“We’ve had watches from all over,” Loren added. “Last year, Mike Blythe of Draken Watches flew in from New Zealand, and Chip Yuen of Aevig was there from the Netherlands and brought the Holthinrichs collection too. Benjamin Chee has sent his high-end Chinese Maison Celadon watches every year, and last year he debuted his new Millésieme Swiss line. Collins Watches and the formerly local DC Vintage Watches fly in from California. Elshan Tang of Singapore has sent Zelos and Ventus watches. James Henderson’s table was like the UN; he brought some amazing stuff from Minase (Japan), Sartory-Billard (France), Revolo (Netherlands), and Montfort (Switzerland). We’ve also attracted local brands like Hager, Tsao Baltimore, and McDowell Time of course. John Kiel of WatchGauge had a huge display with almost a dozen brands for sale. Last year was amazing, and by extending the show another day, we hope to attract an even greater variety this year.”

When asked what lessons they have learned from hosting the previous three events, Bill did not hesitate. “Start early!” He exclaimed. “Having done this event for a few years, we've kind of figured out how to run the show, but it’s amazing how many small details crop up as the event draws near. We really have to stay very organized and try to knock out tasks as soon as possible.”

“Time is a killer,” Loren added. “Bill and I both have careers, families, a host of other responsibilities, and our own watch-related side projects to handle in addition to organizing the show. We could do so much more if we just didn’t need sleep.”

With all the effort, we wondered if it was worth it for them to keep hosting? “Absolutely!” Loren replied. “It’s great fun to meet the brand owners, representatives, and the enthusiasts. I want to see good ventures succeed. I enjoy watches, and I really respect the folks who are trying to make a go of it.”

Bill agreed. “It has been so satisfying to watch this idea come to fruition. The Time Bum and McDowell Time are both relatively new on the watch scene, so to pull off a successful show like this is more fulfilling than I would have thought.” He continued, “Other watch shows around the country may create a similar experience, but I think ours is set apart because we go out of our way to make it accessible to fledging brands that can really benefit from that face-to-face exposure.”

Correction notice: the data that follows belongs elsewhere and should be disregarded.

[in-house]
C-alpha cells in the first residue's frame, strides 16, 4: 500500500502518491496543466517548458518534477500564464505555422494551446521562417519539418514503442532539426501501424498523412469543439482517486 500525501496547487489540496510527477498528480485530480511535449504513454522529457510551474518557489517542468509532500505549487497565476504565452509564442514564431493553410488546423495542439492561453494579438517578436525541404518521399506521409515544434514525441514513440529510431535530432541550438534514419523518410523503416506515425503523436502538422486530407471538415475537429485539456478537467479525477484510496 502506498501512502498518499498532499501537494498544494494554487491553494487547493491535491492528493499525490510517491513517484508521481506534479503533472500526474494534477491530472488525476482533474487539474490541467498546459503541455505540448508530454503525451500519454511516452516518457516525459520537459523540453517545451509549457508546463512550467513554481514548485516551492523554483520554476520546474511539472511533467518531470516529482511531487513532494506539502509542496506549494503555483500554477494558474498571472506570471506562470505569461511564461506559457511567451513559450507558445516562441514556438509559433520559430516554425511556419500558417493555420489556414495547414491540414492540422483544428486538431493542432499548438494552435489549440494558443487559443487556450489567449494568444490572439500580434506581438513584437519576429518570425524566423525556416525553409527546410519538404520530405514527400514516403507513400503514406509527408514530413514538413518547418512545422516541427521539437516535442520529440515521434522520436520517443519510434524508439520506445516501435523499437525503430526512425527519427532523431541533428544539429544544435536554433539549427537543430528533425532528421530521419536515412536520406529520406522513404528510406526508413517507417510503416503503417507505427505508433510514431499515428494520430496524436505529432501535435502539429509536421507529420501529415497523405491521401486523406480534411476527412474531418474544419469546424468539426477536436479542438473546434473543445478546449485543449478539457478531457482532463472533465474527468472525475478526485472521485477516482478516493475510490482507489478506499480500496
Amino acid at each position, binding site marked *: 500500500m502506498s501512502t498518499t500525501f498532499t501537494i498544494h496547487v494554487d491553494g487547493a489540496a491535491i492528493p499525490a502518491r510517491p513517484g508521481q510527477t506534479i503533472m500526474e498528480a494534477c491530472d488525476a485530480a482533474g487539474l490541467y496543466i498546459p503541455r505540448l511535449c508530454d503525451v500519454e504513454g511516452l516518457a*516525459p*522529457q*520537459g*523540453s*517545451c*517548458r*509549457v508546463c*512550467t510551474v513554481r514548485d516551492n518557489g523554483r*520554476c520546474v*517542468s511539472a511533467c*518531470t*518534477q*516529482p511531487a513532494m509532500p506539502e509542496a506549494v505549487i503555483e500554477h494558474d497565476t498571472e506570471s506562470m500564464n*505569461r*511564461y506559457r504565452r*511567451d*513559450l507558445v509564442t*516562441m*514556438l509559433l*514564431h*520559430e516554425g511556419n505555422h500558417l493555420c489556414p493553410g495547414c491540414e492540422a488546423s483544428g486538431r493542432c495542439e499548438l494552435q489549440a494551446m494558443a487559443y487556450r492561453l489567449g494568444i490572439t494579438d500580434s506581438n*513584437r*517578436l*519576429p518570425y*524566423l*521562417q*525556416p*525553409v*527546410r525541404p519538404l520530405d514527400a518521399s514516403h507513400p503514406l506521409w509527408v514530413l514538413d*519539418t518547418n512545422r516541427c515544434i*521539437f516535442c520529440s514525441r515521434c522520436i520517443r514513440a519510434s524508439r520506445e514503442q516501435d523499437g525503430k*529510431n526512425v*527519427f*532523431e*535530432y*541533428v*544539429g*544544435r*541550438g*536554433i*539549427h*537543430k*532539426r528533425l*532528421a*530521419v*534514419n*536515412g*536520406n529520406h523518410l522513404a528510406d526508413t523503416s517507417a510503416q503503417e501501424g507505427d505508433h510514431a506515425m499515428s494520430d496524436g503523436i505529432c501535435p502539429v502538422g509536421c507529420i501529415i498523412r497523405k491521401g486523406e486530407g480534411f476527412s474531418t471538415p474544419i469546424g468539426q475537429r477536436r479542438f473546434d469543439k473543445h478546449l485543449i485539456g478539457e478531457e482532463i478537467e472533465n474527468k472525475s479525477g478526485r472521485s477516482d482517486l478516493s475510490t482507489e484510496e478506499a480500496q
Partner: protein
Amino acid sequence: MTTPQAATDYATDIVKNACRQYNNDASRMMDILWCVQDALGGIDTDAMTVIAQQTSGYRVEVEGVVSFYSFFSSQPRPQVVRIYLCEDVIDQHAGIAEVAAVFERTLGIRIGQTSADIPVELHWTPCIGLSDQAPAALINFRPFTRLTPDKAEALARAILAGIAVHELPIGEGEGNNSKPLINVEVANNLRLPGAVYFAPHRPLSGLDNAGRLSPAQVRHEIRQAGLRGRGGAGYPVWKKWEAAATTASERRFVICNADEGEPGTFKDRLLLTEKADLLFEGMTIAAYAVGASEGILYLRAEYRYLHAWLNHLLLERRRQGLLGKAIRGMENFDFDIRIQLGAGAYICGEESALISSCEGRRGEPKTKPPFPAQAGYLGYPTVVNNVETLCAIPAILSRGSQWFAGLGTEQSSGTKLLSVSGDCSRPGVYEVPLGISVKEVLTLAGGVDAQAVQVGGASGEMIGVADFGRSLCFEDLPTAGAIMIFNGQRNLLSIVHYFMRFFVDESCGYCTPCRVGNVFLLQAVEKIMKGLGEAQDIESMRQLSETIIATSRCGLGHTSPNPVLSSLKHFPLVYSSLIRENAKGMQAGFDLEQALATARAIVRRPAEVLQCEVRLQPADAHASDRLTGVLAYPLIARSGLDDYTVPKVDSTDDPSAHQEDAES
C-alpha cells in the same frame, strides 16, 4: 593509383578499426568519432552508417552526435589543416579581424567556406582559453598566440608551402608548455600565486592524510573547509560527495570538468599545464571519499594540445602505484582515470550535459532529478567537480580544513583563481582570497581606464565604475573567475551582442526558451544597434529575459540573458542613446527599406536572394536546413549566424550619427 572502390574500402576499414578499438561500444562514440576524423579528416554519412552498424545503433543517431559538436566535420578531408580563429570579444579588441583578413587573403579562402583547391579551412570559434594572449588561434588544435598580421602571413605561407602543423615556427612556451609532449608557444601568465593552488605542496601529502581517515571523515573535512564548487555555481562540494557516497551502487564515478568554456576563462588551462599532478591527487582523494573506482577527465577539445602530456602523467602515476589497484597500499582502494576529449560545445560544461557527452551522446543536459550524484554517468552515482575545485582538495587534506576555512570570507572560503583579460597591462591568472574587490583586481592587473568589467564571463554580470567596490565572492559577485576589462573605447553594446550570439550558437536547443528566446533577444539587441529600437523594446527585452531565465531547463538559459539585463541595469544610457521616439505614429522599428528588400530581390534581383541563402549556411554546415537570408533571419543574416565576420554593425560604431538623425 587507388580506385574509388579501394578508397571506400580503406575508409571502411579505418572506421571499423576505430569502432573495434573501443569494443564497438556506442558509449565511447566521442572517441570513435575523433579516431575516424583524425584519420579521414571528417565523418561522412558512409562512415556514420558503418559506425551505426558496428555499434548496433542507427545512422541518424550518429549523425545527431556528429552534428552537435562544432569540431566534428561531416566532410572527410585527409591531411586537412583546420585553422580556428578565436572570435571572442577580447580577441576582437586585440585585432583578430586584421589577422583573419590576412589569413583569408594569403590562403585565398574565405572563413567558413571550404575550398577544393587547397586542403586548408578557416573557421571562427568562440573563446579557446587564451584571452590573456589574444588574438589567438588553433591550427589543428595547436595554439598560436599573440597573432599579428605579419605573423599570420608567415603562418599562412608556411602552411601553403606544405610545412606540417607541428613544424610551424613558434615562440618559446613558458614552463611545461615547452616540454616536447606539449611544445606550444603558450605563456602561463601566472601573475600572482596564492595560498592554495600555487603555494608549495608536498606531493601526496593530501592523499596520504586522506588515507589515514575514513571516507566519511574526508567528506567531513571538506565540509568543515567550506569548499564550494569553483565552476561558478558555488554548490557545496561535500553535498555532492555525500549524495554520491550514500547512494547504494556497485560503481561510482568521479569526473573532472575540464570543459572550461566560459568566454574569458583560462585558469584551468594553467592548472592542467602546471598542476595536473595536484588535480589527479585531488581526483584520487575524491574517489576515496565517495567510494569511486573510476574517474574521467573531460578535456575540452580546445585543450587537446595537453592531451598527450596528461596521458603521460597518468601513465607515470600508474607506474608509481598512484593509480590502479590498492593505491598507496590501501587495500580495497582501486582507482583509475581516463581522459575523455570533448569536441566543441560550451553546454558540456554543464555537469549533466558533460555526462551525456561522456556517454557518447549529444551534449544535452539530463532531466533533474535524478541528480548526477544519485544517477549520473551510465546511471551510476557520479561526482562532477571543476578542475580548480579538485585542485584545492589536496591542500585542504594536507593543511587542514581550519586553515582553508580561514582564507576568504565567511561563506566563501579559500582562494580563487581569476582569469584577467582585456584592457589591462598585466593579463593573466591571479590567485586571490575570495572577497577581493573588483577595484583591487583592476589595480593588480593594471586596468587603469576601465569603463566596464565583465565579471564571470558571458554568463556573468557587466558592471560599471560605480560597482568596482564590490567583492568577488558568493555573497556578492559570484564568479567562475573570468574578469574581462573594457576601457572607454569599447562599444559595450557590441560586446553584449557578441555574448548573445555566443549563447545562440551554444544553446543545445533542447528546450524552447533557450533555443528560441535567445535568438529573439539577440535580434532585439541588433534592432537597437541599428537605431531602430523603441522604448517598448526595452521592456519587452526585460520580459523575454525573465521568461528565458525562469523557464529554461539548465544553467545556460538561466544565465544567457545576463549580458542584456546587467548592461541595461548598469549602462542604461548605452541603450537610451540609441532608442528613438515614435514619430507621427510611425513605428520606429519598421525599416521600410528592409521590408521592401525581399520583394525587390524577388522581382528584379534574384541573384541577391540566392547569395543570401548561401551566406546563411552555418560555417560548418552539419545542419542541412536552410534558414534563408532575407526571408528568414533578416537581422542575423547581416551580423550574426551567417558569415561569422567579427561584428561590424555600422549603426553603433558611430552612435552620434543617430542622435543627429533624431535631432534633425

So after three shows, what are Bill’s and Loren’s favorite District Time moments? Bill went first. “I'm always surprised to see the camaraderie and friendship between the watch brands. Sure, each brand wants to sell watches, but I think we also genuinely like helping each other. It's kind of a fraternity of sorts. Turns out one of my favorites parts of the show is the vendor dinner beforehand, where all the brands get a chance to meet in person. I know this isn't part of the actual show, but it's my favorite part of the weekend.”

Loren agreed with Bill about the dinner, “But because I’m not selling watches,” he noted, “my perspective is a little different. During the show, I’m all amped up trying to make it all go seamlessly, and it’s kind of a blur, but I do enjoy hosting the giveaways. We always have a crazy number of prizes, and it’s all good stuff: watches, straps, travel rolls, that sort of thing. It’s a blast. Anyway, last year, the final giveaway prize of the day was an Avi-8 RAF Centenary with a cool translucent blue dial. The winner was this kid who could not have been more than 12 years old who came there with his watch-loving father. It was so big on his wrist I thought he might tip over but it didn’t matter. Both he and his dad were over the moon about it. It was great to see that moment and to know that we had probably just created a new watch enthusiast.”

Be sure to check DCWatchShow.com for news and updates on District Time 2019. When the doors open on October 12 and 13, AboutTime will be there. We hope you will too.